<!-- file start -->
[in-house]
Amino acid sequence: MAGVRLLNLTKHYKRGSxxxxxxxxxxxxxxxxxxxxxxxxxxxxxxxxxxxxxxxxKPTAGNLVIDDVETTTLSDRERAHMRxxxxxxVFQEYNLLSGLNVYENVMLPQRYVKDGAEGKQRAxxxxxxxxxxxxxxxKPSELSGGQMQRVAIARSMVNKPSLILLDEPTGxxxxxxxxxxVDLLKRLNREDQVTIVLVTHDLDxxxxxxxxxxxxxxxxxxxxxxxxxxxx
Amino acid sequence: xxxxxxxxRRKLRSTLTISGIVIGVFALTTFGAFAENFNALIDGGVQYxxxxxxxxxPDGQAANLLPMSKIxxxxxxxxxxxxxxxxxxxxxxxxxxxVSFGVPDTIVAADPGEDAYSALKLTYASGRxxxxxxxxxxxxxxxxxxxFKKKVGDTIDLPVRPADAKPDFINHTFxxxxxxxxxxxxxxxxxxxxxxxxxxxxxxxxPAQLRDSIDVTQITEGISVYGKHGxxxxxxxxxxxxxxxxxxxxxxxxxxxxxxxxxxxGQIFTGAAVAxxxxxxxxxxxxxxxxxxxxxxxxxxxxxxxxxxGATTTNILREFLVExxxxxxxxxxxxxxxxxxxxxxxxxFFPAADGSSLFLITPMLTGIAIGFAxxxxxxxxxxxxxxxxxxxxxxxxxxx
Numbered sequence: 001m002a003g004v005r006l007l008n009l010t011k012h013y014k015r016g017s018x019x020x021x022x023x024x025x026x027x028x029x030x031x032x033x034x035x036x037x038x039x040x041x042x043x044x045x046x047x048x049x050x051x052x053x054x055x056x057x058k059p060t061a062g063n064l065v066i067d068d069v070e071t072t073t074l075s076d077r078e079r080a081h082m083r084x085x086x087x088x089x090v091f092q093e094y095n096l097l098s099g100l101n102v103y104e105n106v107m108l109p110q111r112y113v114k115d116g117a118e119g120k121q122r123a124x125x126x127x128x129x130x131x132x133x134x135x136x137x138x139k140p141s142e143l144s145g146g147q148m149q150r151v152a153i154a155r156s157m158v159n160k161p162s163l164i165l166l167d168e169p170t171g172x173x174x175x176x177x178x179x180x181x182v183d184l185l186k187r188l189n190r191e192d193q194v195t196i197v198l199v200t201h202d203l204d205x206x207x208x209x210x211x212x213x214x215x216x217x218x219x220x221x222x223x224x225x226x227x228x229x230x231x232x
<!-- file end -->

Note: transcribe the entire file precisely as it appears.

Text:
[in-house]
Amino acid sequence: MAGVRLLNLTKHYKRGSxxxxxxxxxxxxxxxxxxxxxxxxxxxxxxxxxxxxxxxxKPTAGNLVIDDVETTTLSDRERAHMRxxxxxxVFQEYNLLSGLNVYENVMLPQRYVKDGAEGKQRAxxxxxxxxxxxxxxxKPSELSGGQMQRVAIARSMVNKPSLILLDEPTGxxxxxxxxxxVDLLKRLNREDQVTIVLVTHDLDxxxxxxxxxxxxxxxxxxxxxxxxxxxx
Amino acid sequence: xxxxxxxxRRKLRSTLTISGIVIGVFALTTFGAFAENFNALIDGGVQYxxxxxxxxxPDGQAANLLPMSKIxxxxxxxxxxxxxxxxxxxxxxxxxxxVSFGVPDTIVAADPGEDAYSALKLTYASGRxxxxxxxxxxxxxxxxxxxFKKKVGDTIDLPVRPADAKPDFINHTFxxxxxxxxxxxxxxxxxxxxxxxxxxxxxxxxPAQLRDSIDVTQITEGISVYGKHGxxxxxxxxxxxxxxxxxxxxxxxxxxxxxxxxxxxGQIFTGAAVAxxxxxxxxxxxxxxxxxxxxxxxxxxxxxxxxxxGATTTNILREFLVExxxxxxxxxxxxxxxxxxxxxxxxxFFPAADGSSLFLITPMLTGIAIGFAxxxxxxxxxxxxxxxxxxxxxxxxxxx
Numbered sequence: 001m002a003g004v005r006l007l008n009l010t011k012h013y014k015r016g017s018x019x020x021x022x023x024x025x026x027x028x029x030x031x032x033x034x035x036x037x038x039x040x041x042x043x044x045x046x047x048x049x050x051x052x053x054x055x056x057x058k059p060t061a062g063n064l065v066i067d068d069v070e071t072t073t074l075s076d077r078e079r080a081h082m083r084x085x086x087x088x089x090v091f092q093e094y095n096l097l098s099g100l101n102v103y104e105n106v107m108l109p110q111r112y113v114k115d116g117a118e119g120k121q122r123a124x125x126x127x128x129x130x131x132x133x134x135x136x137x138x139k140p141s142e143l144s145g146g147q148m149q150r151v152a153i154a155r156s157m158v159n160k161p162s163l164i165l166l167d168e169p170t171g172x173x174x175x176x177x178x179x180x181x182v183d184l185l186k187r188l189n190r191e192d193q194v195t196i197v198l199v200t201h202d203l204d205x206x207x208x209x210x211x212x213x214x215x216x217x218x219x220x221x222x223x224x225x226x227x228x229x230x231x232x